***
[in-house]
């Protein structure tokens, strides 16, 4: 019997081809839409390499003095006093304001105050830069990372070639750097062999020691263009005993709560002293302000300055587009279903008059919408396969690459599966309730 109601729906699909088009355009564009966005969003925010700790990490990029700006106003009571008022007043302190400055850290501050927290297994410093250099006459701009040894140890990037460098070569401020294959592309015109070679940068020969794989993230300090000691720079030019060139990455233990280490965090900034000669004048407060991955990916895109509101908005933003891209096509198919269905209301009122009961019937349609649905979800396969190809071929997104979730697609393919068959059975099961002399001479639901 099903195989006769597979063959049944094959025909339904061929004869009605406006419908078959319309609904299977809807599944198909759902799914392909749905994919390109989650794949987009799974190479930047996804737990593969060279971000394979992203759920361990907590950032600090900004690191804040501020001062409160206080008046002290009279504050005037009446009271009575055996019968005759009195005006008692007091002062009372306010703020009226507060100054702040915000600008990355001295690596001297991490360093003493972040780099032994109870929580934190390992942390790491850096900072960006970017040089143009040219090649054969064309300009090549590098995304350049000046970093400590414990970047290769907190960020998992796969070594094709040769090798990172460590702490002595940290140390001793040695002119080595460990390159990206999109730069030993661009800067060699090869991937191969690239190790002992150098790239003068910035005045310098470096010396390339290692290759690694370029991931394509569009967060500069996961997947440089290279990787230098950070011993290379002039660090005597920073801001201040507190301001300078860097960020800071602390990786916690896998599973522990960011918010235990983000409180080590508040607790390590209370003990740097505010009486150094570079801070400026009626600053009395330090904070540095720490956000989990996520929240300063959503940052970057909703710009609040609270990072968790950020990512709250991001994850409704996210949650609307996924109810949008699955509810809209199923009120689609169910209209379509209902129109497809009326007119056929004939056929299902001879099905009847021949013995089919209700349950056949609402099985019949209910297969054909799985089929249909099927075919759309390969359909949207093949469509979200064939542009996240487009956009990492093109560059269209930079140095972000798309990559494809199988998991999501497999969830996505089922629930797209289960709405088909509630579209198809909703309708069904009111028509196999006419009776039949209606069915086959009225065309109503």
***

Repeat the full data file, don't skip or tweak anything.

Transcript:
[in-house]
């Protein structure tokens, strides 16, 4: 019997081809839409390499003095006093304001105050830069990372070639750097062999020691263009005993709560002293302000300055587009279903008059919408396969690459599966309730 109601729906699909088009355009564009966005969003925010700790990490990029700006106003009571008022007043302190400055850290501050927290297994410093250099006459701009040894140890990037460098070569401020294959592309015109070679940068020969794989993230300090000691720079030019060139990455233990280490965090900034000669004048407060991955990916895109509101908005933003891209096509198919269905209301009122009961019937349609649905979800396969190809071929997104979730697609393919068959059975099961002399001479639901 099903195989006769597979063959049944094959025909339904061929004869009605406006419908078959319309609904299977809807599944198909759902799914392909749905994919390109989650794949987009799974190479930047996804737990593969060279971000394979992203759920361990907590950032600090900004690191804040501020001062409160206080008046002290009279504050005037009446009271009575055996019968005759009195005006008692007091002062009372306010703020009226507060100054702040915000600008990355001295690596001297991490360093003493972040780099032994109870929580934190390992942390790491850096900072960006970017040089143009040219090649054969064309300009090549590098995304350049000046970093400590414990970047290769907190960020998992796969070594094709040769090798990172460590702490002595940290140390001793040695002119080595460990390159990206999109730069030993661009800067060699090869991937191969690239190790002992150098790239003068910035005045310098470096010396390339290692290759690694370029991931394509569009967060500069996961997947440089290279990787230098950070011993290379002039660090005597920073801001201040507190301001300078860097960020800071602390990786916690896998599973522990960011918010235990983000409180080590508040607790390590209370003990740097505010009486150094570079801070400026009626600053009395330090904070540095720490956000989990996520929240300063959503940052970057909703710009609040609270990072968790950020990512709250991001994850409704996210949650609307996924109810949008699955509810809209199923009120689609169910209209379509209902129109497809009326007119056929004939056929299902001879099905009847021949013995089919209700349950056949609402099985019949209910297969054909799985089929249909099927075919759309390969359909949207093949469509979200064939542009996240487009956009990492093109560059269209930079140095972000798309990559494809199988998991999501497999969830996505089922629930797209289960709405088909509630579209198809909703309708069904009111028509196999006419009776039949209606069915086959009225065309109503």